CHENNAI: At the inaugural WTA Future Stars event in Singapore in 2014, a then 16-year-old Indian girl toyed with the field to win the tournament.
Starved of success in women's singles following Sania Mirza's transition to the doubles circuit, it was sort of assumed that Karman Kaur Thandi would eventually lead the way in singles.
Over the next four years following that Singapore title — the Future Stars event was among age-group players in the Asia-Pacific region — she carefully compiled a body of work that ultimately lifted her to world No 196.
After excelling in ITF meets, two good tournaments in 2018 earmarked her as the present. At the Nanchang Open (a 250) in July 2018, she won her first main draw match at that level. Having advanced through the qualifiers, she earned 48 points for her effort. Two months later, at the Guangzhou Open, she again won both her qualifying matches to reach the main draw (she had lost to Svetlana Kuznetsova).
At the beginning of 2019, she wanted to jump up a level to the 250s and beyond. So, her first match of the year was the first qualifying round at the Australian Open (she lost). Her next match was against Frenchwoman Chloe Paquet in the first qualifying round at the Thailand Open.
Further losses followed in the first time of asking (Acapulco and Miami). Following that loss in Miami, a shoulder injury laid waste to her in 2019. The next time she played a competitive match, her ranking slid from 203 to 587.
From then, it's been a period of struggle for one-time India No 1. That's why it was so heartening to see her power her way through Pacquet — the Frenchwoman she had lost to previously — in the first round of the Chennai Open on Monday.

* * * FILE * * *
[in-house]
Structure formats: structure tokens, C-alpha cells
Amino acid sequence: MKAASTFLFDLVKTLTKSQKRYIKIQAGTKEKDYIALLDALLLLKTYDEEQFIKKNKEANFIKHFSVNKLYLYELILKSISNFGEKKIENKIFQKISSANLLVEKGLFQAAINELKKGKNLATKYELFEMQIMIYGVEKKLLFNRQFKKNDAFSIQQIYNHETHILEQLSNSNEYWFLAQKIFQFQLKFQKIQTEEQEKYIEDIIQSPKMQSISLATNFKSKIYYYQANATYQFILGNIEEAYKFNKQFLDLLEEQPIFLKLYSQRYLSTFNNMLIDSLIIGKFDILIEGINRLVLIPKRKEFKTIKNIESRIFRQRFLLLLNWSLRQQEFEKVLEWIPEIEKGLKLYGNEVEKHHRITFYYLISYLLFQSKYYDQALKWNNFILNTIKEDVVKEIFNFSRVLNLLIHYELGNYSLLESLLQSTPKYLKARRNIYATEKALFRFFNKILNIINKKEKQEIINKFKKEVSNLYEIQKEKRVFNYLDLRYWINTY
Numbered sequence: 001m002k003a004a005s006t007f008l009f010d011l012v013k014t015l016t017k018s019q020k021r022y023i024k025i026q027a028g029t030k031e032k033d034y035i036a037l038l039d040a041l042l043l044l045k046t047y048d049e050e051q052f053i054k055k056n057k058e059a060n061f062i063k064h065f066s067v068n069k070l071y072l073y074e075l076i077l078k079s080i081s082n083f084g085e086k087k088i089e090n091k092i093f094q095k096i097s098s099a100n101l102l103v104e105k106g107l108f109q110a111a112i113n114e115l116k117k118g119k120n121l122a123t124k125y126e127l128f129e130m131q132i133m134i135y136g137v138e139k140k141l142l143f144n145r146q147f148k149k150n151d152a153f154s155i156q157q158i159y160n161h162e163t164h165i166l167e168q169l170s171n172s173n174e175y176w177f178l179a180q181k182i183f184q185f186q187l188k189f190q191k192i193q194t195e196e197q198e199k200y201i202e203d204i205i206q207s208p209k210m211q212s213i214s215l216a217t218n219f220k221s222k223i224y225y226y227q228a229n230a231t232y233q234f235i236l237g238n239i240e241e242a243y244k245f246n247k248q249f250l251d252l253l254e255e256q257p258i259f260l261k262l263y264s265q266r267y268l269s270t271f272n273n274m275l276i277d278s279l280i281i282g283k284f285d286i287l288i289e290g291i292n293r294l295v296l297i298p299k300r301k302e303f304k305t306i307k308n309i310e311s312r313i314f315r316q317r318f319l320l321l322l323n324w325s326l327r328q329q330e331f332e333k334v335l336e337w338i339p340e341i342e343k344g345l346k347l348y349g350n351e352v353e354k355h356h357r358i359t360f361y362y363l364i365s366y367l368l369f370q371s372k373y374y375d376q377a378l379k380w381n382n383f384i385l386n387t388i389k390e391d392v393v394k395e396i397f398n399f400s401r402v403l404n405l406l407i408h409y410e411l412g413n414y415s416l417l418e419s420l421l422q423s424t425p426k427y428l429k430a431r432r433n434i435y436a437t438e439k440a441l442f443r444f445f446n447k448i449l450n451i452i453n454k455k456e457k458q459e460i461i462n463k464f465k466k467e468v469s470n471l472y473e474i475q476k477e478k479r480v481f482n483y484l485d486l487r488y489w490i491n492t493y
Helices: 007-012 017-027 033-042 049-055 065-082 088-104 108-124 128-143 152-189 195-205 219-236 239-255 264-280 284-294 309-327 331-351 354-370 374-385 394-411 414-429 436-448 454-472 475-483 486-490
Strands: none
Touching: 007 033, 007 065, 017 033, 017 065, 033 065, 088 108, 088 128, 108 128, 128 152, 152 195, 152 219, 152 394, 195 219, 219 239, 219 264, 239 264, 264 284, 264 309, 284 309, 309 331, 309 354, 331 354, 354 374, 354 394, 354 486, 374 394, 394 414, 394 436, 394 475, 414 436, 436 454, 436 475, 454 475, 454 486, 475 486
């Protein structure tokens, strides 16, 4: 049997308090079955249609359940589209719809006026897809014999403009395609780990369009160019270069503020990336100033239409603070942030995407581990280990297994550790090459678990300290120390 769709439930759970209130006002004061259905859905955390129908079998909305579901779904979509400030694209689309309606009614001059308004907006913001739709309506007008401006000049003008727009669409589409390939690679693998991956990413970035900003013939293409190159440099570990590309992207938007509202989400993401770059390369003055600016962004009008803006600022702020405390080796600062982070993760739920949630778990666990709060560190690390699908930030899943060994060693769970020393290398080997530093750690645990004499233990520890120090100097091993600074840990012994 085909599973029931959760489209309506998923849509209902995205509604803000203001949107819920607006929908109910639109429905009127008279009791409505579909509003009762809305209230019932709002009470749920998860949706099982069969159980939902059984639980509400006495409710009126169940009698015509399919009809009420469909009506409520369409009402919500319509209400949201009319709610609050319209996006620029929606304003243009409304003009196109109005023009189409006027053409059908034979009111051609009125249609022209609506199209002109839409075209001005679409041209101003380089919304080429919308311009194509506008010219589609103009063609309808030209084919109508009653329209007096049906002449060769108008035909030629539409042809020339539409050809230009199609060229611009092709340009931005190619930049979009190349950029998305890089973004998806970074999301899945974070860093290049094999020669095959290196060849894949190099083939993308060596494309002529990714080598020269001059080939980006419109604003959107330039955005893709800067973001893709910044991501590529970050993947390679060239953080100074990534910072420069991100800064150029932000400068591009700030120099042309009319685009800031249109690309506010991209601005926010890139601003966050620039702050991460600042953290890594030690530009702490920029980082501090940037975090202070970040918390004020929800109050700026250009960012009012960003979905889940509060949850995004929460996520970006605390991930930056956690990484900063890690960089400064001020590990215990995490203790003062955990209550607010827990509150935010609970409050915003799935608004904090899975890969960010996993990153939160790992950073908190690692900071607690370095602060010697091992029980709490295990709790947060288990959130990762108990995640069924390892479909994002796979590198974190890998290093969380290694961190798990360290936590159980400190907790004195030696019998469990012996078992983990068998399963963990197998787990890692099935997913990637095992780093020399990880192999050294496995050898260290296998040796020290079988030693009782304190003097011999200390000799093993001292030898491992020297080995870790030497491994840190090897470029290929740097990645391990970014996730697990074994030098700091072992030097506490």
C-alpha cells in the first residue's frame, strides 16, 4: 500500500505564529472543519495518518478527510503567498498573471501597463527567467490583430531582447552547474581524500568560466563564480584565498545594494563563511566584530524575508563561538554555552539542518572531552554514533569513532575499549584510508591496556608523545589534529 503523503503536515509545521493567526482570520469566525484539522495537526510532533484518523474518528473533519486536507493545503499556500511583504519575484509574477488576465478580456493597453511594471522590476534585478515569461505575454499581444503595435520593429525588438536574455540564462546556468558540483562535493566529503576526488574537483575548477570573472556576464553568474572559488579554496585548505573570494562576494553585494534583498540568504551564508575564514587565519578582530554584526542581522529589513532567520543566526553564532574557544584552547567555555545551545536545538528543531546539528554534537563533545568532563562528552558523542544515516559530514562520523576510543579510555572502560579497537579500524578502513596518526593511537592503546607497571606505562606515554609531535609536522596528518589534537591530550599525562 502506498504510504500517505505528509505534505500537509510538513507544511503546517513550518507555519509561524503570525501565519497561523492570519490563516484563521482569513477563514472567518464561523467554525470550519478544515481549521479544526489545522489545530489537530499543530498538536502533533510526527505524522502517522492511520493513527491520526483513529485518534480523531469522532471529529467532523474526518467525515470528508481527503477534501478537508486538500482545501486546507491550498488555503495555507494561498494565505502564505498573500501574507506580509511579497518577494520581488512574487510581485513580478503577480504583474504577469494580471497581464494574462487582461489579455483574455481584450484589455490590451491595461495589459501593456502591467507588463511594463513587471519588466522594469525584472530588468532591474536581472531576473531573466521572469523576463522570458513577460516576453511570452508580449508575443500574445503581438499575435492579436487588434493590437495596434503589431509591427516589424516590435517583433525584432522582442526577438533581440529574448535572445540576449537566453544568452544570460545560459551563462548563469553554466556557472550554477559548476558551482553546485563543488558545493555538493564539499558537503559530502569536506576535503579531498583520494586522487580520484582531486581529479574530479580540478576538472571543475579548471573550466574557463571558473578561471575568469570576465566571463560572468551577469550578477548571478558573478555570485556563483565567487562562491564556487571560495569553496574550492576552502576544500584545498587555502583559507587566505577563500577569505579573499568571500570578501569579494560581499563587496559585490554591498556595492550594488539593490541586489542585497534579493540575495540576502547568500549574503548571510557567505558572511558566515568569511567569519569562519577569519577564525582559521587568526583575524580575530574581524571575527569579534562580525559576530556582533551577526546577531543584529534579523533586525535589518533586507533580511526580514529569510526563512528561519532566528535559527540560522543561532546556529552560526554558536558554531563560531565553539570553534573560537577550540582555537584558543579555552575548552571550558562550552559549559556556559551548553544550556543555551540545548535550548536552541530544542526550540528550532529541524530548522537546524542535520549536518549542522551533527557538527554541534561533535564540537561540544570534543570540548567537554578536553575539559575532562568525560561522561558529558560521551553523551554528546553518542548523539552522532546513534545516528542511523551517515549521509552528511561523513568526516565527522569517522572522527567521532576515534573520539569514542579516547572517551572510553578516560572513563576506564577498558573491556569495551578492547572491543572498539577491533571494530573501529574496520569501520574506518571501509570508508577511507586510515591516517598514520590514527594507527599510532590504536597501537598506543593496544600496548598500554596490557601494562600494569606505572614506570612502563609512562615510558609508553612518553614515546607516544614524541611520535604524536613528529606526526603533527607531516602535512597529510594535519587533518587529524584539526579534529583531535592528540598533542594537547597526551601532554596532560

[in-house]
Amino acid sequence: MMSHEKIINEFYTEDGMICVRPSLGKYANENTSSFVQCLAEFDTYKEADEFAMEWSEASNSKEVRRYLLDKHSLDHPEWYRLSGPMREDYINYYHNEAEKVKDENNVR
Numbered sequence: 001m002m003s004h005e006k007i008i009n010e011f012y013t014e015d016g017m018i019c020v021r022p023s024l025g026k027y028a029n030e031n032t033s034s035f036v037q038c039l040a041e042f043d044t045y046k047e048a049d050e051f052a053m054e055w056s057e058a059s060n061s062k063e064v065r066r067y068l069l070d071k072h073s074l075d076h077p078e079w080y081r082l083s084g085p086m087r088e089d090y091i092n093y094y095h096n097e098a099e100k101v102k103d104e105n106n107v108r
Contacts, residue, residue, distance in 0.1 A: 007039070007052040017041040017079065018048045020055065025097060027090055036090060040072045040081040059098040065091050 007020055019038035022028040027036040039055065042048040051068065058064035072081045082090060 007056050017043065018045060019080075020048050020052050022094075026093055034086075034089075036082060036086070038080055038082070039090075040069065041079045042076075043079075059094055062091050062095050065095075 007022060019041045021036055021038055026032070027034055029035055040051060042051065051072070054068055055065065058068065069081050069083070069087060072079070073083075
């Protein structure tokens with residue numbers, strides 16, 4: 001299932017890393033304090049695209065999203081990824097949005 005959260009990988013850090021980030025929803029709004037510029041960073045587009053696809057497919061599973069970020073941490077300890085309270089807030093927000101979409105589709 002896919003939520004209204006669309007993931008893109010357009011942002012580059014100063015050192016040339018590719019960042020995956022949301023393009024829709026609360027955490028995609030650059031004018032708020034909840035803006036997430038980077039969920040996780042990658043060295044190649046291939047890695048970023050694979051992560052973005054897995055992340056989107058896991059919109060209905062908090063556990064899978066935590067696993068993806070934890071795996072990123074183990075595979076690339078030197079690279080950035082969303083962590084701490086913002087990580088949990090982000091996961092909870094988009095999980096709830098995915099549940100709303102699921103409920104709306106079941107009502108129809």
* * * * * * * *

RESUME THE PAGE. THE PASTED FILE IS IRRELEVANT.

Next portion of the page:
Injuries are very common for tennis players just because of the very physical nature of the sport. Even then, she had been served a rough hand when she missed seven months of competition in 2019. There was another abrupt halt to her career thanks to Covid. She viewed the break as a positive as it allowed her shoulder to heal properly.
To also prepare herself better, she had a small session with fitness coach Gerald Cordemy (he has worked closely with Serena Williams). "Gerald Cordemy had come down for 3 weeks," she had said in the post-match press conference on Monday. "Those 3 weeks were really intense, only eating, sleeping and training. He has experience at the highest level and working with him helped me learn not just the physicality but also about the mental aspects."
"After reaching the top-200 in 2018, my body took a toll as I was playing a lot of tournaments," she said. "I injured my shoulder and I was away... it was a tough time. Then Covid happened and nothing much happened but I took it as a positive as it gave me time to recover. I'm feeling very good physically now and I'm really happy to be back competing at this level."
The end result was that win against Pacquet. That win was also no flash. Aided by her powerful forehand drives that frequently left her opponent running from coast to coast to hunt it down, she prevailed in a very physical match that went the distance (4-6, 6-4, 6-3).
After dropping to 568 by the end of 2020, she's now up to 359. The win in the first round is bound to give her another push. If she can beat Eugenie Bouchard in the second round on Wednesday, it will be a new high for her — a first-ever quarterfinal at this level.
Top-seed Alison Riske bowed out in the first round, losing to Russia's Anastasia Gasonova 6-2, 6-3. The American, who had reached the fourth round of the US Open, just couldn't get her rhythm going. It was filled with unforced errors and the passing shots from the baseline were off the radar all evening.
"I didn't expect the win," Gasonova said after the match. “After the US Open I wanted to take a break,” said Gasanova, after her third win over a top-25 player (Riske is ranked 23 in the world).